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A Miami-based law firm and its co-defendants have agreed to a $1 million settlement with Citizens Property Insurance Corporation (Citizens) after the state-created insurer filed a lawsuit that alleged fraudulent claims involving the firm in collusion with a public adjusting firm and a water mitigation company.
The settlement was announced today at a press conference in Tampa hosted by Florida Chief Financial Officer Jimmy Patronis, who lauded Citizens’ efforts and urged other insurance companies to take an aggressive stance against property insurance fraud.
Citizens Special Investigations Unit (SIU) initiated its investigation of the Strems Law Firm in 2016 after detecting suspicious patterns linking the law firm to the public adjusting and water mitigation companies. Investigators combed through more than 5,000 claims and sent more than 400 cases to the Department of Financial Services’ Division of Investigative and Forensic Services (DIFS), which initiated its own criminal investigation.
Following investigations by Citizens’ SIU and DIFS, Citizens filed suit in 2020 against the Strems Law Firm, public adjusting firm Contender Claims Consultants (CCC), and All Insurance Restoration Services (AIRS) arguing that the law firm engaged the public adjusters to create or fraudulently increase the severity of claims – mostly nonweather water loss claims – submitted on behalf of policyholders. Four individuals – Scot Strems (Strems), Guillermo Saavedra (CCC), Cesar Guerrero and Derek Parsons (AIRS) – were also named in the lawsuit.
The complaint alleged the defendants created false invoices and took other steps to inflate the cost of claims submitted to Citizens and other insurance companies. In Citizens’ case, the alleged fraud dates back to 2014.
“Citizens and our DIFS investigators combed through 400 different cases, and it became clear that Miami-based Strems law firm was a major player in the fraud,” Patronis said. “Had this fraud been left unchecked, it could have cost policyholders $16 million a year. As criminal investigations continue, this action sends a loud signal that if you’re ripping off customers, we’re going to find you and hold you accountable.”
Citizens and other insurance companies have argued that fraud surrounding assignment of benefits agreements, non-weather water losses, and abusive litigation have been major drivers forcing premium hikes on Florida property insurance consumers. Joseph Theobald, Senior Director of Citizens SIU, has been coordinating Citizens’ efforts to crack down on fraud.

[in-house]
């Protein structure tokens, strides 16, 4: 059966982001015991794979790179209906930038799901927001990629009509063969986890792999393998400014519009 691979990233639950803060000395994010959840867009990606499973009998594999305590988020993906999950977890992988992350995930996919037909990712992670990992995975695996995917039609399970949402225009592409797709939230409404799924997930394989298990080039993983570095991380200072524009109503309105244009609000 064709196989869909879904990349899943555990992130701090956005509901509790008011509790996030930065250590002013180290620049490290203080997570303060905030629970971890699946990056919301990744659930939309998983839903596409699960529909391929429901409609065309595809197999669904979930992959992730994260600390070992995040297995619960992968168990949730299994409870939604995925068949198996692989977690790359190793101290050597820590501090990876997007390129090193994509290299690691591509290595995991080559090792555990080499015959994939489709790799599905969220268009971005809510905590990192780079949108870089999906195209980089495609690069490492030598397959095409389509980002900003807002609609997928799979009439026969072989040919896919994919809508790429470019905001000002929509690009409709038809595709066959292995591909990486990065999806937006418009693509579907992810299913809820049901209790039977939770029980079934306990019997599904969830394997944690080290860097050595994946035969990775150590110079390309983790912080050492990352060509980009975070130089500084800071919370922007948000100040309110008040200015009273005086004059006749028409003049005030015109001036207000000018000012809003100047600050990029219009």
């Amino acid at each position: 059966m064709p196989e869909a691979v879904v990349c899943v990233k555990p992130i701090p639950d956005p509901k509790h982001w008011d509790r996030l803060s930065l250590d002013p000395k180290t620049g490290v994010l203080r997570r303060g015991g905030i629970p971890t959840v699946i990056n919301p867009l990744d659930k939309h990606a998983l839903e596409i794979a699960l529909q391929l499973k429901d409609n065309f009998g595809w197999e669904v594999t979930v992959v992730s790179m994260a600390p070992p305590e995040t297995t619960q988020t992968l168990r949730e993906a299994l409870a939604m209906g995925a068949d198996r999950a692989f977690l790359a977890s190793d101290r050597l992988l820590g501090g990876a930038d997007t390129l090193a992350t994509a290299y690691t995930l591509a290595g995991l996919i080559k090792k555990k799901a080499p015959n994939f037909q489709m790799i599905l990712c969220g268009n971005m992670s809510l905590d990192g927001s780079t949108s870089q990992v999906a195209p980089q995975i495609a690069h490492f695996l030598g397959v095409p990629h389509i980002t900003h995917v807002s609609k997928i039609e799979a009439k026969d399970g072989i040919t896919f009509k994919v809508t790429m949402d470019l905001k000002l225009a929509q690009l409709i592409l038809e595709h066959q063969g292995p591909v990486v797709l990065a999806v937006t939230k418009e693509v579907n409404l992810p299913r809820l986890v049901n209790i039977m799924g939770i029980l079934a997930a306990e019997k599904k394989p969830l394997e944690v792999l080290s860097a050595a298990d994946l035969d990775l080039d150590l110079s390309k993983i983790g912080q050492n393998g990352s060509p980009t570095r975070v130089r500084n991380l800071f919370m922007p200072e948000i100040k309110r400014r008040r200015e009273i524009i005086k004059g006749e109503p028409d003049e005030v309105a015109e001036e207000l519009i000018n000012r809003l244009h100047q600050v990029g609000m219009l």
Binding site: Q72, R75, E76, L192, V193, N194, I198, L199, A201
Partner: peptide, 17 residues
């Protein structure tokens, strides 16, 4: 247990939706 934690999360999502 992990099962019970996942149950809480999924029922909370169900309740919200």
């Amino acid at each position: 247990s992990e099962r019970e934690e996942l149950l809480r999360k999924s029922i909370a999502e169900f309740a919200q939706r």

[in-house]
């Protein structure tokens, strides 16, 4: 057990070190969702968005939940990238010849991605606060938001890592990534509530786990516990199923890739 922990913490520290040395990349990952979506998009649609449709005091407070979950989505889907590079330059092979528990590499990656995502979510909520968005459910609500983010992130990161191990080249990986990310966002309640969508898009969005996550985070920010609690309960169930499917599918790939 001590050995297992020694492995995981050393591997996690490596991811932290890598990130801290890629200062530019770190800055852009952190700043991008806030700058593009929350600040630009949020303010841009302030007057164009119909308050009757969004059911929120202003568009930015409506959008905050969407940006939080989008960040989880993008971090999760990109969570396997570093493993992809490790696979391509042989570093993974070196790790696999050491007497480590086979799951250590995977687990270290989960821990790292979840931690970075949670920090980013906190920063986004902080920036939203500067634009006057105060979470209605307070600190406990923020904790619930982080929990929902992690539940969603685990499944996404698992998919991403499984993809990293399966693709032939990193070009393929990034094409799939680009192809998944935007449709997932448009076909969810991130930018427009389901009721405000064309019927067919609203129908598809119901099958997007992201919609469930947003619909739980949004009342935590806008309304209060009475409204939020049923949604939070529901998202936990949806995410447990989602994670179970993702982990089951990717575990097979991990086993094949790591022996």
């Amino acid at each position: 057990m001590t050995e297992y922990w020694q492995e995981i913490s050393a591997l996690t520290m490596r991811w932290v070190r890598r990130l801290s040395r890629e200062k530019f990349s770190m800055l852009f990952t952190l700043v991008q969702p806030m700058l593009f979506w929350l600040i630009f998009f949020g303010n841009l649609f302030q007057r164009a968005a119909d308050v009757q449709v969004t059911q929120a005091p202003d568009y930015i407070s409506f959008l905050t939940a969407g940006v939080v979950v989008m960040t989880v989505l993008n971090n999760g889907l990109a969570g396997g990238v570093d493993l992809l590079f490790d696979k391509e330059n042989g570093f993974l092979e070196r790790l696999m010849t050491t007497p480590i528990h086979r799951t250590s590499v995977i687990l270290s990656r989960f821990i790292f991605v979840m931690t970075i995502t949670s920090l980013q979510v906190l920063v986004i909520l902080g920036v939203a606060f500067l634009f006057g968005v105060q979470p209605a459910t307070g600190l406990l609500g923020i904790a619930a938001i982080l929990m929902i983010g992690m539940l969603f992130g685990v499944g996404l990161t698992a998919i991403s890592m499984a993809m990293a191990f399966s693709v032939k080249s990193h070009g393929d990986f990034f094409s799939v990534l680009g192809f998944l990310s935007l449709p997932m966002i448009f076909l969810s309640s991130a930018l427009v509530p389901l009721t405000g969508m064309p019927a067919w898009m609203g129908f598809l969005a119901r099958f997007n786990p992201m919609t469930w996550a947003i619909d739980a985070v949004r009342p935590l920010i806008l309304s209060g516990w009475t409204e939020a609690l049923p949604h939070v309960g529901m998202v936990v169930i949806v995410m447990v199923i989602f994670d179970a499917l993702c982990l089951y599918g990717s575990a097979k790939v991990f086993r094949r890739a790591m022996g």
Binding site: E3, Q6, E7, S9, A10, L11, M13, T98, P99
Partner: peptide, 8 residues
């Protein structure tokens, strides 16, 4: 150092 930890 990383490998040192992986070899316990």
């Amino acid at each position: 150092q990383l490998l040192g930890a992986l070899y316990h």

"I’m proud of the work done by Joe and his SIU team and the collaborative relationship they have developed with DFS investigators,” said Barry Gilway, Citizens President, CEO and Executive Director. “I thank CFO Patronis for his support as we continue to work together to ferret out fraud."
Under the settlement finalized March 21, 2022, Citizens is to be paid $1 million and will dismiss the case against the defendants and all parties agreed to pay their own legal costs. Strems and the fellow defendants continue to deny wrongdoing in the settlement agreement, while Citizens stands behind the allegations in its complaint.
The Florida Bar in 2020 initiated disciplinary action against Scot Strems, the firm’s principal. Strems was suspended for two years by the Florida Supreme Court, and additional sanctions are pending. The firm was restructured and is now doing business as The Property Advocates, P.A.
"This settlement certainly accomplishes what we set out to do, which was to seek justice for what we saw as an egregious fraud and to expose the threat of this type of activity," said Theobald, Senior Director of Citizens SIU. "This action, combined with the actions of the Florida Bar and the Florida Supreme Court brought a swift end to this relationship."
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In 2002, the Florida Legislature created Citizens Property Insurance Corporation (Citizens), a not-for-profit alternative insurer, whose public purpose is to provide insurance to, and serve the needs of, property owners who cannot find coverage in the private insurance market.